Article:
By Jim Boyce | There is trouble at table five.
A group of experts try a dozen wines with spicy shredded pig’s ear to decide the best pairing. They’ve already done this dance with steamed fish and sweet and sour pork. Now two members—veterans from France and Portugal—claim hey have the match of the day for that crunchy porcine auditory organ. Wine number 3. They give it 95 and 98 out of 100 points.
Unfortunately, group chair Natasha Hughes, a Master of Wine who later (jokingly?) declares that the next person to interrupt her must run three laps around the swimming pool, disagrees. Hughes finds the pairing unsatisfactory and the wine dirty.
This happened during the International Wine & Cuisine Pairing Competition at a resort in Beijing’s Fangshan district, an event organized by S-China Capital with support from Wine 100 and Beijing International Wine and Spirit Exchange. You might wonder why anyone should care about a bunch of experts tasting a bunch of wines against a pig’s ear, a situation few if any consumers will ever face.
I empathize. Such exercises seem overly ambitious given the vast universe of grape varieties, wine brands and vintages out there. And somewhat irrelevant as the same food and wine can vary dish to dish and bottle to bottle. And it doesn’t help that some in the wine trade suck more than an air-operated double-diaphragm pump at talking to those beyond their circles.
But if you have a passion for anything, whether cricket, cameras, cooking or comic book collecting, you might imagine how a wine fan gets excited about what Bordeaux goes best with braised pork belly.
Pairing also makes intuitive sense as I tell friends who pooh-pooh the practice but will argue to the death over what gin is best for a martini, what ketchup brand is the only legitimate one for a hot dog, or the legitimacy of pineapple on pizza.
Here in Beijing, at popular hot pot restaurant Haidilao, my friends painstakingly blend dipping sauces from a condiment buffet with dozens of options: spicy chili oil, salty sauce, the sweet and sour touches of sugars and vinegars, and more. They are creating the equal of a wine, a magical concoction that matches all that emerges from the bubbling broth. So it makes sense some wines will match that broth and those sauces better than others, no?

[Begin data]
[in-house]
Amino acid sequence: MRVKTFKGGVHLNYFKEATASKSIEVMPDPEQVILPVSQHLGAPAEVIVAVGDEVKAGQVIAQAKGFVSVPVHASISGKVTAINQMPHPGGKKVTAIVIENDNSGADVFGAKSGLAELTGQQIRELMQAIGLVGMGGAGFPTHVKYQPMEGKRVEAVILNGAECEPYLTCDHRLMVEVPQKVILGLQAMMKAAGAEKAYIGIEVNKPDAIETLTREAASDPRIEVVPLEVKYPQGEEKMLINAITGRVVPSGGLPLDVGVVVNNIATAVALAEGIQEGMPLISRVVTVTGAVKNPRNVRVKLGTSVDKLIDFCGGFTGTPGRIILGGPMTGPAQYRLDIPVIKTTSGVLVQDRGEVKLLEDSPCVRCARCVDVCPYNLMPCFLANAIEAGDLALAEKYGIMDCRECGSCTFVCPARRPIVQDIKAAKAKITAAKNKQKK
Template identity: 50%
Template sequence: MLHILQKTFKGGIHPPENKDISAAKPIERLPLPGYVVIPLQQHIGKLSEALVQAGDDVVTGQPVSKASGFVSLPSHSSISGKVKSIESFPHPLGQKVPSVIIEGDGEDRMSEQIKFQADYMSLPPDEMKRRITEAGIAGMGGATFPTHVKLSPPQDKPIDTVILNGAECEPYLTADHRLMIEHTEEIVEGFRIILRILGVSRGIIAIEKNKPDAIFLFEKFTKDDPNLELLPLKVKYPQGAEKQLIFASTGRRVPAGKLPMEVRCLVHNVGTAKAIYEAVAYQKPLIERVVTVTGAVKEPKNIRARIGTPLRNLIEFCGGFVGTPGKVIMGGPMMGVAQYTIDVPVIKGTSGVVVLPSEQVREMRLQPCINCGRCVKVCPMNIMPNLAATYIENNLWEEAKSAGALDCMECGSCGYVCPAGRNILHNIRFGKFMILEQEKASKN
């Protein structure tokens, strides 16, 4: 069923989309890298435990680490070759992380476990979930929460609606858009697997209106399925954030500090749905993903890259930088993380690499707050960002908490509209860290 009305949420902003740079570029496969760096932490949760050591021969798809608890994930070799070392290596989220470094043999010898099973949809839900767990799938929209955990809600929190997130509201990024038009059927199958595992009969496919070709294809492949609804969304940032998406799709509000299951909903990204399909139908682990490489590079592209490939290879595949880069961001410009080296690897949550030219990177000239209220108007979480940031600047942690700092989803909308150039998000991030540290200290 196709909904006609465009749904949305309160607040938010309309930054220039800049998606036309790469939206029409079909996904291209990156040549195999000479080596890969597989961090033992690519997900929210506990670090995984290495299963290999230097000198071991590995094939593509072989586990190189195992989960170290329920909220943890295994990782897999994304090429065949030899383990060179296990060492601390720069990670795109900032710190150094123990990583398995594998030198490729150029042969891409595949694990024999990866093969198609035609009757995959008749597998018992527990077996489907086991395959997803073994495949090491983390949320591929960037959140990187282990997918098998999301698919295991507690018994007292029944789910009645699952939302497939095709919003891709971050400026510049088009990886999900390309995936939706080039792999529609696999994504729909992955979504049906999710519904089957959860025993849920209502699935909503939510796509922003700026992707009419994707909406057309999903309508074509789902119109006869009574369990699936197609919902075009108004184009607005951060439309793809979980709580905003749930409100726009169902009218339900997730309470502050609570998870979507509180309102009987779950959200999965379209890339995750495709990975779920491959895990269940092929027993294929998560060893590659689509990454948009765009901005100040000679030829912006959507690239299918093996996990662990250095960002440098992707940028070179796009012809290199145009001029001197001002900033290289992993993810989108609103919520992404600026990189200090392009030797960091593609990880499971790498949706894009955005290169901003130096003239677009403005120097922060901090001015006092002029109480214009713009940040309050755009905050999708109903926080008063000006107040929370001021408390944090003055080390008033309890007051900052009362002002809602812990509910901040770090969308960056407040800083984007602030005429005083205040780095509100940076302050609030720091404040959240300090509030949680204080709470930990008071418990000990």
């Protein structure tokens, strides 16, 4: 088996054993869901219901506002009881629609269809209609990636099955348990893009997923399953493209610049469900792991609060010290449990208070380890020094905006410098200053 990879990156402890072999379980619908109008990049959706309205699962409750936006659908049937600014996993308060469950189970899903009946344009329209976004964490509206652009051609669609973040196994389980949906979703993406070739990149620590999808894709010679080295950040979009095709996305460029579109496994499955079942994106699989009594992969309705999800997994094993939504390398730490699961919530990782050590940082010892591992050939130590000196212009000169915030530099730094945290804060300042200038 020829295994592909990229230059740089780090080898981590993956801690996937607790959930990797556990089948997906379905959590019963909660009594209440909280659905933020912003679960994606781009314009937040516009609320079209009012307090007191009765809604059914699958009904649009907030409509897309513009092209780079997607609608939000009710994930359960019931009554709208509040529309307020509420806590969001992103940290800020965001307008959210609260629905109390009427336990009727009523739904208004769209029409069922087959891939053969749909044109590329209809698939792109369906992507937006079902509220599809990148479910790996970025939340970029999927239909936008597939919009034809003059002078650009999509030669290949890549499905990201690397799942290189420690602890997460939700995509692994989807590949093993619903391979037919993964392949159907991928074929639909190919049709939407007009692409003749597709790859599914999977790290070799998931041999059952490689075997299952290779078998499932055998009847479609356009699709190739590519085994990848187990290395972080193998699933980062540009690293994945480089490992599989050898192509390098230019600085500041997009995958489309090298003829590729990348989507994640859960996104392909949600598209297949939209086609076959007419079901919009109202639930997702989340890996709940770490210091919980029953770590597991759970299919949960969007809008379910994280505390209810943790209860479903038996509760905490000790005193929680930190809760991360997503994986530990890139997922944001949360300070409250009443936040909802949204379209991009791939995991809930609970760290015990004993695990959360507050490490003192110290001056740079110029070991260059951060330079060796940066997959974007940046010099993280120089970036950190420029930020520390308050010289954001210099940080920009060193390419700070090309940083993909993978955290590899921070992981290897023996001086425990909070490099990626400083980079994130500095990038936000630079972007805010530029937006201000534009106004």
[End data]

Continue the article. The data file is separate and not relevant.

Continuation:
Anyway, back to table five.
Hughes calls over Andrew Caillard—Australian, fellow Master of Wine, and event co-chair with Fongyee Walker. He tries the wine and declares it faulty. Perhaps in some European events it might get 16 or 16.5 points out of 20, he says dismissively. But in Australia, where screw tops dominate and corks are a minority, it would be a 13.
That sounds harsh to this novice of wine and pig ear pairing.
As Hughes and Caillard discuss the wine further, I quietly ask the French and Portuguese delegates if they plan to change their scores. No way.
I recall our instructions at the start of the day.
“It’s all about the match, not about the wine or the food, it’s about the match,” Caillard had said.
Given this, I like the continental European case. The wine and food do pair well, and the faultiness is debatable. Does it matter?
“The panel chair makes the final decision,” Caillard also explained to us earlier. “It’s the final decision, whether you like it or not.”
And so it goes.
To be fair, this is an extreme case. There tended to be much more agreement than not with other wines and foods, such as the steamed fish. But it underscores that even experts can disagree—widely. Two gave a pairing 90-plus, a score that means “you’d turn around to someone and say, ‘If you’re eating this dish, you must find this wine’.” Two others turned back and essentially said the wine was gross.
That doesn’t make pairing irrelevant, just more complicated in a world where many want definitive answers. Consider it like going to hot pot. Expert advice is just one buffet item to consider—along with tips from friends, suggestions from writers, your food and drink experience, and more—when figuring out your ideal sauce. The wine world is not black and white but shades of yellow and red that allow you to create a palatte for your palate
Also, I like pineapple on pizza.
[Good content takes resources. If you find Grape Wall useful, please help cover its costs with a contribution via PayPal or WeChat. You can also find Grape Wall on Facebook. Twitter and Instagram. Sign up for the China wine newsletter below. And check out sibling sites World Marselan Day, World Baijiu Day and Beijing Boyce.]